Prince Philip, 99, and Queen Elizabeth II, 94, have remained in good health during the coronavirus pandemic. The royal couple have isolated with a select group of palace staff who have been referred to as ‘HMS Bubble.’ Next week the Duke of Edinburgh will return to Wood Farm in Sandringham with the Queen, and while they will be close to the Cambridges’ Anmer Hall home, they may avoid seeing their great-grandchildren as an added health precaution.
Prince George, seven, and Princess Charlotte, five, returned to Thomas’s Battersea for the start of the autumn term this week.
The young royals will be grateful to be mixing with their peers again for the first time in months.
Kate, Duchess of Cambridge and Prince William spent lockdown with George, Charlotte and their youngest Prince Louis, two, in Norfolk and are understood to have recently returned to the capital.
Prince William expressed his relief at sending George and Charlotte back to school during a royal visit to Northern Ireland on Wednesday.
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The Duke of Cambridge was in Belfast to mark Emergency Services Day and told a police officer: “I think every parent is breathing a sigh of relief that school has started again.”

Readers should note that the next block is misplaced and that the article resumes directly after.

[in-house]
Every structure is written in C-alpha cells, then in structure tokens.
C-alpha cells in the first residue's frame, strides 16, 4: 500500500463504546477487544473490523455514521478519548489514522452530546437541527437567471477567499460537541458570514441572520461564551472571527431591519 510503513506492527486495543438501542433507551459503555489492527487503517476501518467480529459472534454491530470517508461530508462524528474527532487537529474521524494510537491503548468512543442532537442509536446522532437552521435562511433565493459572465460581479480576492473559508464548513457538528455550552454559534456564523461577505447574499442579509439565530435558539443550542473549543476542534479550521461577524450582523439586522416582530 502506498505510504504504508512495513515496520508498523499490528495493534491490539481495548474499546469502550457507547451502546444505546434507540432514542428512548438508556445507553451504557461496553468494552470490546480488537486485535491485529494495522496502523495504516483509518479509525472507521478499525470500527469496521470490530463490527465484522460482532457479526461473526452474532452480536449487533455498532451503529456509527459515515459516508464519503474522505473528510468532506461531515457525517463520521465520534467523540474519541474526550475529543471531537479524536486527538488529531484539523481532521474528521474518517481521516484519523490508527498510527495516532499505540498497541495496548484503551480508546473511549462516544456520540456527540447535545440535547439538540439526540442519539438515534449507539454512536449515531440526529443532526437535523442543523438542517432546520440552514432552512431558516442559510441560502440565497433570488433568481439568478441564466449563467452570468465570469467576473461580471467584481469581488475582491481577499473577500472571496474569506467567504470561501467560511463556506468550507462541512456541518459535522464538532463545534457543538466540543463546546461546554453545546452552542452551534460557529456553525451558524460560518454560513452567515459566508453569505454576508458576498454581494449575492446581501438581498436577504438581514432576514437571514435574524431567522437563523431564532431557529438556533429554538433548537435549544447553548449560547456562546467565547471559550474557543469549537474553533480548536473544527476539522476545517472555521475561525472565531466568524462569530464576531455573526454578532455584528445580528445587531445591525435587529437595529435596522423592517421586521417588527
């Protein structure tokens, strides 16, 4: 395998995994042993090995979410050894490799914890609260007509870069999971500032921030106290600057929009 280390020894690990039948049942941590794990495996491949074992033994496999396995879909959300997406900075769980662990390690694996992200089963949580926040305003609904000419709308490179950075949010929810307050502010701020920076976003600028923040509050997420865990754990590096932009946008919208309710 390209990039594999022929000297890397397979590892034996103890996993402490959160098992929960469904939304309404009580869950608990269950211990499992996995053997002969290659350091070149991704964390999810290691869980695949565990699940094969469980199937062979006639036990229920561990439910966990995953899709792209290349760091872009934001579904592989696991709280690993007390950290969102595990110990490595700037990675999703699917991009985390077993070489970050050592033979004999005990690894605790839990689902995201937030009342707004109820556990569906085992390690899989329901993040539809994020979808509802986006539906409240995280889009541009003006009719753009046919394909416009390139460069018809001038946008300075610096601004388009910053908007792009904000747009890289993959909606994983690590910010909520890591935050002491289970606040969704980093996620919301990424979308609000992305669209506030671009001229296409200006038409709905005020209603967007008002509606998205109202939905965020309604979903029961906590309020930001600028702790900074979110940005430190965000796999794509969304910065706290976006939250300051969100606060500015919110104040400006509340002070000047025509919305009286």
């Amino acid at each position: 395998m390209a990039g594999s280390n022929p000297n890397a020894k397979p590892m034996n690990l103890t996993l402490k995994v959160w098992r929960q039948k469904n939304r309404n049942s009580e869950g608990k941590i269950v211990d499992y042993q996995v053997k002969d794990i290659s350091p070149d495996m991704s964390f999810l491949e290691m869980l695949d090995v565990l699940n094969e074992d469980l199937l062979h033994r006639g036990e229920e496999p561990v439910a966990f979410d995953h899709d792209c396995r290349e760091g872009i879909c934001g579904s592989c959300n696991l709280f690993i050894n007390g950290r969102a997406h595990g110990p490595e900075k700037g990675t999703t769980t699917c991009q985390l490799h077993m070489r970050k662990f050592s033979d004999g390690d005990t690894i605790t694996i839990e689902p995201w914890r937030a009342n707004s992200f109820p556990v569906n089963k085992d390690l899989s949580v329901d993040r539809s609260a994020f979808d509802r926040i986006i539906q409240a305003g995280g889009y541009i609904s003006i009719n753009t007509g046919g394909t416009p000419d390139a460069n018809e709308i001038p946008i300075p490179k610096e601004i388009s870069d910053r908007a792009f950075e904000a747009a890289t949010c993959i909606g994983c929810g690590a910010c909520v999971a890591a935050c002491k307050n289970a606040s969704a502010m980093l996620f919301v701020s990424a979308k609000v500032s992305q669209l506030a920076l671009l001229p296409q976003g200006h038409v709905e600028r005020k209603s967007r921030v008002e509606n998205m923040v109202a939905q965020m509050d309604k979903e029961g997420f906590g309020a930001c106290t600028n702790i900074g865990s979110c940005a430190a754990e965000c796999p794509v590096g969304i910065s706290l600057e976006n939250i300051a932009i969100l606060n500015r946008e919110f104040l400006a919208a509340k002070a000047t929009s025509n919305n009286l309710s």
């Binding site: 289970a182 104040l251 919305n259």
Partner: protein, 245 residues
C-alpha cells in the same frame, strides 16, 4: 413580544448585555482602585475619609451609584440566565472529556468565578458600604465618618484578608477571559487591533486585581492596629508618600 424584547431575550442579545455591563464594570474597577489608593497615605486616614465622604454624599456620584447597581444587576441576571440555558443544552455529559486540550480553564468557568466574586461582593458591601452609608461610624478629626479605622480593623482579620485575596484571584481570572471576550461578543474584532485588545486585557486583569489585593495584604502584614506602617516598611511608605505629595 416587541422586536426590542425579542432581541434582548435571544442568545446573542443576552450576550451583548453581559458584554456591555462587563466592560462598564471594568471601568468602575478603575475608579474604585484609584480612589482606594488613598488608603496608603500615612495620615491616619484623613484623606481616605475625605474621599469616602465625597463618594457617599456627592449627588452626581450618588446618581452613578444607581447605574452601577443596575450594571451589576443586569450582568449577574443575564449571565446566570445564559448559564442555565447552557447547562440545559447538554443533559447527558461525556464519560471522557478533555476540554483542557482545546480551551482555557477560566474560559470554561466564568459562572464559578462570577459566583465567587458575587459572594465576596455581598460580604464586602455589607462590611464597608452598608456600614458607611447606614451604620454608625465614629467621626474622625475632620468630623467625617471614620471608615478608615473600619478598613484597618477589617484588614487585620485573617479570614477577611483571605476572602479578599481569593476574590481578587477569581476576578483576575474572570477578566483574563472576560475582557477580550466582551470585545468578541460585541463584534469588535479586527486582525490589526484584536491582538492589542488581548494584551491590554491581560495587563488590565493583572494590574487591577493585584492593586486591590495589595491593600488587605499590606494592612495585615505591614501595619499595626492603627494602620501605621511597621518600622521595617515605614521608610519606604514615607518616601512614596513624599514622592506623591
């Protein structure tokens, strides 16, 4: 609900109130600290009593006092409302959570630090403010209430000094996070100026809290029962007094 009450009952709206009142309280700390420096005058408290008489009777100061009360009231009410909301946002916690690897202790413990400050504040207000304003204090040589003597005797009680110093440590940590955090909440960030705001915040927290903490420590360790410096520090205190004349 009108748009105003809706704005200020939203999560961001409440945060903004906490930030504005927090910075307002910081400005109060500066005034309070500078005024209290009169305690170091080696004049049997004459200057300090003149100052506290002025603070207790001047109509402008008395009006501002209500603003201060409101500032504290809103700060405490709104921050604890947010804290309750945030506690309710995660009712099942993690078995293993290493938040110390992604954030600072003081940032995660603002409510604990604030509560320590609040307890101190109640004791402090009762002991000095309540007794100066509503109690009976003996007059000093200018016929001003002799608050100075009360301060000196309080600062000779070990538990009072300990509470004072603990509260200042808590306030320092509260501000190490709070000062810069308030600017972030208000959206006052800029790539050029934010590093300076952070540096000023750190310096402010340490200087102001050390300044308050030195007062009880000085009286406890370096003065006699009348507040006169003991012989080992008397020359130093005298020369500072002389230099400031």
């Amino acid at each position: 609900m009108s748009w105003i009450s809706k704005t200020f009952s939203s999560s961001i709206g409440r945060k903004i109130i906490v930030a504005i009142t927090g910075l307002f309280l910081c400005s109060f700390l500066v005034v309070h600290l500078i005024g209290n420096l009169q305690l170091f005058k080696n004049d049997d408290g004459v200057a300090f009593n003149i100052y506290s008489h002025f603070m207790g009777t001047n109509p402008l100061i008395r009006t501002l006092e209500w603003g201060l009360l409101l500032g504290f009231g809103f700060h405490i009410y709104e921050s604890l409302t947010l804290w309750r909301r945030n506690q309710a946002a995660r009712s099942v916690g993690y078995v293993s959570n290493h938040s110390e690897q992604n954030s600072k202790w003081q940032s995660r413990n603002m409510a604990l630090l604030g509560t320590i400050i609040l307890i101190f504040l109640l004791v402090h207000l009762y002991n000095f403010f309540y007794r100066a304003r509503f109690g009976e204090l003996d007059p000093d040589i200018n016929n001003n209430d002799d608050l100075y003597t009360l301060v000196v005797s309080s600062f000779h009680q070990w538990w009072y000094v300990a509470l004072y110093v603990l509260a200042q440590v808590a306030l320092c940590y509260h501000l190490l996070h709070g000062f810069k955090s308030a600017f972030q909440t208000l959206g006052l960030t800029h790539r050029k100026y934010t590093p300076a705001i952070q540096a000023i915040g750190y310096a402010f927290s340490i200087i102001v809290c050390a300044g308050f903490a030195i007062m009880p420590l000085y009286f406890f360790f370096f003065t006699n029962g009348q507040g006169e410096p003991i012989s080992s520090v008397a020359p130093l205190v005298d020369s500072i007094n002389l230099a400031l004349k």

He added: “Five months – it’s been wonderful, but it’s been a long five months.”
During term time the Cambridges are usually based in their apartment at Kensington Palace which is a short distance from George and Charlotte’s school.
However, at the weekends and during the school holidays the family are known to travel to Norfolk where the children adore having the run of Anmer Hall’s extensive gardens.
Asked about how the new ‘Rule of 6′ might affect grandparents who help provide childcare Mr Hancock said it was’ a very significant problem in terms of the spread of the disease’.
While Prince Philip is understood to be in good health and has carried out a handful of royal engagements in recent months, the Duke’s age means he will have to be especially cautious.
This being the case it seems unlikely Philip will risk meeting Prince George and Charlotte until the upsurge in COVID-19 is curbed.
Earlier this week a Buckingham Palace spokesman confirmed the Queen would be making Windsor Castle her main administrative base moving forward.
A statement about the Queen and Philip’s scheduled move to Wood Farm said: “The Queen and the Duke of Edinburgh will depart Balmoral Castle during the week commencing September 14 to spend time privately on the Sandringham Estate.
“Subject to the finalisation of the autumn programme, Her Majesty’s intention is to return to Windsor Castle in October and to resume the use of Buckingham Palace for selected audiences and engagements.
“These plans will be kept under review and will, of course, be subject to all relevant guidance and advice.”
Buckingham Palace in London has traditionally been the Queen’s official home but the permanent shift to Windsor Castle was made due to the pandemic.